How did you get involved with this kind of work?

I grew up painting and identified as an artist my whole life. I studied film in high school, so I wanted to go into traditional cinema when I was a teenager. I loved image making and I loved the camera work. But I soon realized that I don’t have the capability. I don’t think in linear ways, and I wasn’t able to articulate it then, but I realized that I’m not a narrator. I don’t have the structure of storytelling in my way of thinking. I wasn’t drawn to it. It was a real challenge for me. And when I was first in high school learning video editing, I had some idea that there was this whole other world of using video in a non-narrative, non-linear way, but I didn’t know that it was possible. I was drawn to it from the beginning. Then, I went to school in Paris and also started painting and printmaking, but then quickly switched to video. 

Even in a time-based video, you can really push the boundaries of the rhythm of it, and there are no rules — it’s a rule-breaking method. So that’s how I started, in the mid to late ’90s. I was still using tapes, because there were no computer systems available. Then I got into using the computer for digital work and experimenting with early internet stuff in the ’90s also.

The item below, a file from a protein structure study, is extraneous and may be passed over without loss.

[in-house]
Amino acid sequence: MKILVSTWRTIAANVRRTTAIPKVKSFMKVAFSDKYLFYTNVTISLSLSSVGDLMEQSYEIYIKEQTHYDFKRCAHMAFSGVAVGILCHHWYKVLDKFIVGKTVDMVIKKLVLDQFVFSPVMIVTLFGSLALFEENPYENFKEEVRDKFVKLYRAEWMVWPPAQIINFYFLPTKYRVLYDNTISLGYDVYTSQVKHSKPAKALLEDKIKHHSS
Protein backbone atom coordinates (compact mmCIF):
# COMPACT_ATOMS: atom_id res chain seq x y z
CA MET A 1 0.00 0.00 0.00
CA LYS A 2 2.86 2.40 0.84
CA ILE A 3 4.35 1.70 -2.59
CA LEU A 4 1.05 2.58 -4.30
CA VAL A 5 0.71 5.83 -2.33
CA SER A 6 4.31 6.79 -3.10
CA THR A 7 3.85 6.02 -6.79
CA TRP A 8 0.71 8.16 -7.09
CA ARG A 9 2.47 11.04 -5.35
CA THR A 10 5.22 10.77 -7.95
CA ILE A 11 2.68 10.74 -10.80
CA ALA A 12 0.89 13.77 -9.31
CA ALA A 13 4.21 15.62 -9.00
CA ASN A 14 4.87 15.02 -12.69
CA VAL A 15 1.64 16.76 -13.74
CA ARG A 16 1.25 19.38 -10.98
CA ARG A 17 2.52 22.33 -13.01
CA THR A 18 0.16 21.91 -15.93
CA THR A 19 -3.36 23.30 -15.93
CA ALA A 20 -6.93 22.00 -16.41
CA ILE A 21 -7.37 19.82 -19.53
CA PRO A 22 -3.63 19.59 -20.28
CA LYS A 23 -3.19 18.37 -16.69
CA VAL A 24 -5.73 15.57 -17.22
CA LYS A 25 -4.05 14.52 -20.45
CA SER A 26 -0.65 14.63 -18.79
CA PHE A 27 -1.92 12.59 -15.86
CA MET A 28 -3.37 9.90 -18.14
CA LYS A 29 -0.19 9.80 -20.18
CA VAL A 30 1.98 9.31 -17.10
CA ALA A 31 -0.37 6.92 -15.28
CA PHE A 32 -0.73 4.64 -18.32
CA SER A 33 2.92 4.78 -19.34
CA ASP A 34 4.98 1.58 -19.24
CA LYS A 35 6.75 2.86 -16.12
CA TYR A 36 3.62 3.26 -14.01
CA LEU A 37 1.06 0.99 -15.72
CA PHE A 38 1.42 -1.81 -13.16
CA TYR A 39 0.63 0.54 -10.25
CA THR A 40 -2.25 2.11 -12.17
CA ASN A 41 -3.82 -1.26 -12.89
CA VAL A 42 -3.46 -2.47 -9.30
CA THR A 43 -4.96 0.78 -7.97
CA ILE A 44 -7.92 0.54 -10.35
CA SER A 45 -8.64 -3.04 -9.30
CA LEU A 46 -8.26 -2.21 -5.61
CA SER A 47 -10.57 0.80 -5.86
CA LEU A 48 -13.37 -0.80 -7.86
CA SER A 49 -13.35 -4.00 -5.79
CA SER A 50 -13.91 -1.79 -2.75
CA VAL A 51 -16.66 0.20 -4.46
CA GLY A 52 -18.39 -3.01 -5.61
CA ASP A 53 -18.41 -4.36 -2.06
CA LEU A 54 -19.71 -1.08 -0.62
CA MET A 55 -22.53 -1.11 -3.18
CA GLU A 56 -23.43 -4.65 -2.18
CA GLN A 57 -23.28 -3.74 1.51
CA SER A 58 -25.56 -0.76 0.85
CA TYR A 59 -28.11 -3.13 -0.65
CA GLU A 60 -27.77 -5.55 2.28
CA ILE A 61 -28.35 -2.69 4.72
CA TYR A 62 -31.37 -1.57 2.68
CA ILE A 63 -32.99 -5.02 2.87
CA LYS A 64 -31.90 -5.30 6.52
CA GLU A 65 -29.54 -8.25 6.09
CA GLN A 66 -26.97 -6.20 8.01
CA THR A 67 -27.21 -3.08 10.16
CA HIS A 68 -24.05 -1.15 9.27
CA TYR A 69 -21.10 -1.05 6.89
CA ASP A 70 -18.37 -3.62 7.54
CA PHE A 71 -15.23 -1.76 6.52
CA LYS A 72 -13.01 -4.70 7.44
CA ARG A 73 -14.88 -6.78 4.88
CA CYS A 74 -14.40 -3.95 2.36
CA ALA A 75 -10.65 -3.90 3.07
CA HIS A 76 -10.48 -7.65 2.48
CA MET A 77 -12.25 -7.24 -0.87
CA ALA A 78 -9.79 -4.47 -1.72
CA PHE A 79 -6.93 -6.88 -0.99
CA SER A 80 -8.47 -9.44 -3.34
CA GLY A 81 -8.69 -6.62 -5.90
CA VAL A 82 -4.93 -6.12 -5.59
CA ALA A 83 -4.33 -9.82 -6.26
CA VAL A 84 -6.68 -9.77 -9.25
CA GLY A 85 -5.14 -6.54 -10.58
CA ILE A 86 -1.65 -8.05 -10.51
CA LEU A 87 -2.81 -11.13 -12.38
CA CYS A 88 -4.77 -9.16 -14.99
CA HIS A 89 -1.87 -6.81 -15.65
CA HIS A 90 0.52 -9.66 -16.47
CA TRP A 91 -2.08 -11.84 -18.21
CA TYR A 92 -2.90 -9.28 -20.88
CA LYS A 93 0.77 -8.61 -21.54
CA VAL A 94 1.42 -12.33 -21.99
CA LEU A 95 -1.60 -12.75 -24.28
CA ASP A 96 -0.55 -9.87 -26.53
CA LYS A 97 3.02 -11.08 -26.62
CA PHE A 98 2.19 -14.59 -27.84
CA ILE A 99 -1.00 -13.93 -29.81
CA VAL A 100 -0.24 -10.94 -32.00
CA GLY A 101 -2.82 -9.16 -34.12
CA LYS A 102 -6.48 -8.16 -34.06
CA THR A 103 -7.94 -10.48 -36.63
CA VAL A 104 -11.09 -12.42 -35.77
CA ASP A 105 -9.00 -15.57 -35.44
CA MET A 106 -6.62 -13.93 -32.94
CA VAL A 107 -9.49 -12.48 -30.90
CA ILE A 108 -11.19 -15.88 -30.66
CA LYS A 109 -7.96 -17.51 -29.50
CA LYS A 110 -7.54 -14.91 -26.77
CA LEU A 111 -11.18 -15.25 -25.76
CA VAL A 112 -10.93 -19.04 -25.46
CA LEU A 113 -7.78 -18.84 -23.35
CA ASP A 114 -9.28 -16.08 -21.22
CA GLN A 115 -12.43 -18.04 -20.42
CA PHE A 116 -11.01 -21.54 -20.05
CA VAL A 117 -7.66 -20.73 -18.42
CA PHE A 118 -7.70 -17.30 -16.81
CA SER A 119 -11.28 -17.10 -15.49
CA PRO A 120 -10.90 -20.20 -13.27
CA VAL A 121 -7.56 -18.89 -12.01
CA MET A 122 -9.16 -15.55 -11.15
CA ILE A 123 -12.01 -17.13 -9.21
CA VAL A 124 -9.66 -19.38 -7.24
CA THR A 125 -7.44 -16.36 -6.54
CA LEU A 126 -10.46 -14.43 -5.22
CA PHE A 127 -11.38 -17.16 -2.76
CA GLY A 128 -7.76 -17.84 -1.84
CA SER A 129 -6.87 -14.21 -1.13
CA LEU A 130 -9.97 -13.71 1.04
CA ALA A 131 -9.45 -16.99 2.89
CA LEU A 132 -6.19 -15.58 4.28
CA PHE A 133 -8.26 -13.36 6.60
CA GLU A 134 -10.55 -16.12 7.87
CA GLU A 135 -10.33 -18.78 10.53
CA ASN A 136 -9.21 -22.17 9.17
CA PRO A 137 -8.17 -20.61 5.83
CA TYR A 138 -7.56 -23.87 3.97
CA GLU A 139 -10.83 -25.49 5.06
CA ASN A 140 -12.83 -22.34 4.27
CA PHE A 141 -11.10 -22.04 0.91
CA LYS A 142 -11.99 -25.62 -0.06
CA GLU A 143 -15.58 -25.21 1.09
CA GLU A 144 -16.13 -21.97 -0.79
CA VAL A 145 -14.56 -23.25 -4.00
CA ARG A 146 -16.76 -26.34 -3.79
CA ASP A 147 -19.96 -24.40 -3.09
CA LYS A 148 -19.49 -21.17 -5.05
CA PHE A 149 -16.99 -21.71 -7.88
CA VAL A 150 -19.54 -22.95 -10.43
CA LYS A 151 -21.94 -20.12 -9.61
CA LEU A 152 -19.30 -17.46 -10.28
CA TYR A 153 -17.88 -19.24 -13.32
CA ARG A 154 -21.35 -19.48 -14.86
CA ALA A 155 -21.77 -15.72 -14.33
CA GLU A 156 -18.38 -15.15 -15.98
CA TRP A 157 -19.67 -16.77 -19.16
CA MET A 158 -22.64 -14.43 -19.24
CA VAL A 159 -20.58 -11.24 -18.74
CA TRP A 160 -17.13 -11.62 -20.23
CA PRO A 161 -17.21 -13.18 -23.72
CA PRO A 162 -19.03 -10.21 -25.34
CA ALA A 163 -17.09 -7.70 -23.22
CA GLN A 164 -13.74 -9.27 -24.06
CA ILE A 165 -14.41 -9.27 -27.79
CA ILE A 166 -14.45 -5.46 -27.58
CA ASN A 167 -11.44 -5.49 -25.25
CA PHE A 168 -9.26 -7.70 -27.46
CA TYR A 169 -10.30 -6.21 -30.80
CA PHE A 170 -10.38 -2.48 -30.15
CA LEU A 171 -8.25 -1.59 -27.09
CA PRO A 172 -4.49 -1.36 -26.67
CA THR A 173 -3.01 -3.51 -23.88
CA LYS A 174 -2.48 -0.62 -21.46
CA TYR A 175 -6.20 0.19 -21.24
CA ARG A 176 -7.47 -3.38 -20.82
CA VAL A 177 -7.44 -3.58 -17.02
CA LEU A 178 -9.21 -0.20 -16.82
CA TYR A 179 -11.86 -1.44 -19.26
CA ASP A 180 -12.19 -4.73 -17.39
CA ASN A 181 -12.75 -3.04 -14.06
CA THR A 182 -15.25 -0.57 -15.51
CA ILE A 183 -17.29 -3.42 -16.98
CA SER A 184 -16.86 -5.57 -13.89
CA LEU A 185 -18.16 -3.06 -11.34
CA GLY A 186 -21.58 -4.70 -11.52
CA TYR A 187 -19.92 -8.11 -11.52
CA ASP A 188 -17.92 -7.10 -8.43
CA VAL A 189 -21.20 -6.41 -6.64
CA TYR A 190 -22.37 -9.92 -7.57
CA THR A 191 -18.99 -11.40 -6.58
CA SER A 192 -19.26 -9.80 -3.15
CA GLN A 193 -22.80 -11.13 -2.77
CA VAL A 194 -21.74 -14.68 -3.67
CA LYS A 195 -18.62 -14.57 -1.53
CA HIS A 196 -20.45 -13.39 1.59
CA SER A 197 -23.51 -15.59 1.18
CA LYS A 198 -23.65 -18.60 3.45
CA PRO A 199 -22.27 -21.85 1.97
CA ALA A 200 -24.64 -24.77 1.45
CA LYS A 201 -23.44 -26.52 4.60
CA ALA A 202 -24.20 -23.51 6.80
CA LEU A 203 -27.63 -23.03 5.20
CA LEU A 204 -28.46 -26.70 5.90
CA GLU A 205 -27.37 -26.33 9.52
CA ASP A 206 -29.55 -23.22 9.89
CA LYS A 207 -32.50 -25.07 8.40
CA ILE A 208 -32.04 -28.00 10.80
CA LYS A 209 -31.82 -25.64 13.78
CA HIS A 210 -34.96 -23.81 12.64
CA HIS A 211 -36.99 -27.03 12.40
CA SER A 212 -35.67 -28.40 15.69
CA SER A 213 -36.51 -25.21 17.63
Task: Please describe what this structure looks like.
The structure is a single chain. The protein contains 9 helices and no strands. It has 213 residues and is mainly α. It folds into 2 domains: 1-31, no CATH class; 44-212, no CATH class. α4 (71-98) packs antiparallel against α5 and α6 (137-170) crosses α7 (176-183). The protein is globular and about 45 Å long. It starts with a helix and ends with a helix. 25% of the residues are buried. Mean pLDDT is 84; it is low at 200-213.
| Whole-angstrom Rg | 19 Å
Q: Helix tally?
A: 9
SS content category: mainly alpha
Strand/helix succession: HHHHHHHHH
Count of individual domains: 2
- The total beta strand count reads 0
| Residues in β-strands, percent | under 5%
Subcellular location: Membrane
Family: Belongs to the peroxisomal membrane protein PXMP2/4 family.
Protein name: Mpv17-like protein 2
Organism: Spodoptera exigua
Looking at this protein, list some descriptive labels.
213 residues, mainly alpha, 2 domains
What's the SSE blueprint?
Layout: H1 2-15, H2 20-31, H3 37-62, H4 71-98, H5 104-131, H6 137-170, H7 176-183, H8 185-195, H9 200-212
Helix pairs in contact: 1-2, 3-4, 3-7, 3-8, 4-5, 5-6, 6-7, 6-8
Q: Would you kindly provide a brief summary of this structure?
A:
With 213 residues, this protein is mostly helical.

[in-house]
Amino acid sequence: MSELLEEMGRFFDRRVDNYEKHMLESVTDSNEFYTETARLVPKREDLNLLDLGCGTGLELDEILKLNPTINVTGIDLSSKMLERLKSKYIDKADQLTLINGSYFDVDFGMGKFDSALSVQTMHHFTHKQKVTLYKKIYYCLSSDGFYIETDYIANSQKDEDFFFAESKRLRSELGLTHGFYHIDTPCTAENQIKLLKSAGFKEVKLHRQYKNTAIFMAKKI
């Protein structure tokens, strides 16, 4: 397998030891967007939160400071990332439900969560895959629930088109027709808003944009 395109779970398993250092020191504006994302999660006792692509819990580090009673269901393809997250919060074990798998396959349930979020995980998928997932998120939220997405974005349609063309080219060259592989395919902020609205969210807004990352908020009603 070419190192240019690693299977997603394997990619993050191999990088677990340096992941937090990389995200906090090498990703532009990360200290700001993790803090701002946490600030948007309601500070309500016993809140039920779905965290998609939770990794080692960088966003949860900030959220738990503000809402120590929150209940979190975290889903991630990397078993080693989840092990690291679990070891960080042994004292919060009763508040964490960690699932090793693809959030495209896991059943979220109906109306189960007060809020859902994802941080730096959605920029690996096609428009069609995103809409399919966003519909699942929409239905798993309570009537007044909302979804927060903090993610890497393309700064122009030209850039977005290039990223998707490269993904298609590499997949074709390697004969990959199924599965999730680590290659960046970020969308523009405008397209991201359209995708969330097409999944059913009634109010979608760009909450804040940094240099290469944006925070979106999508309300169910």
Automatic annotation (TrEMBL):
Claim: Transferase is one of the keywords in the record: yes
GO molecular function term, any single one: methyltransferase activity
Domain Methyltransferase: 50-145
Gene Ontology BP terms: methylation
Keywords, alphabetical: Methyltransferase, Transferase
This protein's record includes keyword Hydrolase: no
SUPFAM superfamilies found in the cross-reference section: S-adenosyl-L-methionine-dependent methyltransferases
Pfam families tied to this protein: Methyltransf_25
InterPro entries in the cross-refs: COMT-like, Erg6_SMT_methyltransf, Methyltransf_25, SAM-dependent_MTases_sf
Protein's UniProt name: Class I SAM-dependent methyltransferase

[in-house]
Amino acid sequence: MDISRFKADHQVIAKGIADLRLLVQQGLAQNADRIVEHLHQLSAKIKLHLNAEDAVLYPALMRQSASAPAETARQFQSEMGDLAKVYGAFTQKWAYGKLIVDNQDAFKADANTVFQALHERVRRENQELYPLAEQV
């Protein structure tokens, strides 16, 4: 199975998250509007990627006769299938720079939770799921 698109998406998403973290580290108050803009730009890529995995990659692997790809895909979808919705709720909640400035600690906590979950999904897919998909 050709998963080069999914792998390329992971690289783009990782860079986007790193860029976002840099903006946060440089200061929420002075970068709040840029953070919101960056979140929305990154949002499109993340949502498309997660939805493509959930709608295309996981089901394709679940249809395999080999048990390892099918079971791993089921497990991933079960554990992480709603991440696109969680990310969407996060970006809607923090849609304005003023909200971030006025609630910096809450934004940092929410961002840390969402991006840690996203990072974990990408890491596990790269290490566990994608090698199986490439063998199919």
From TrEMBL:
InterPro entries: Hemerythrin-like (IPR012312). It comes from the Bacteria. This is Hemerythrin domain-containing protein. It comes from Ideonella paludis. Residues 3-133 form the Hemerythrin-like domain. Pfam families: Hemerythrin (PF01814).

Recently, your Tide Predictor was added to the Museum of the Moving Image’s permanent collection. What was it like for you to work with JavaScript?

I don’t code myself — Kyle, my collaborator, does work a lot on the analog synthesizer stuff and does some coding. It is all algorithmically generative work, as is all the work that we’ve done, but often when we bring in these more complex programming systems, we work with Douglas Repetto. Repetto has been a collaborator for about 20 years doing a lot of data sampling visualization. Tide Predictor was another time where we worked with Douglas on the P5JS program. I don’t do math. I’m a visual artist, and I need to move things in visual space. But I do like working with a lot of different technologists.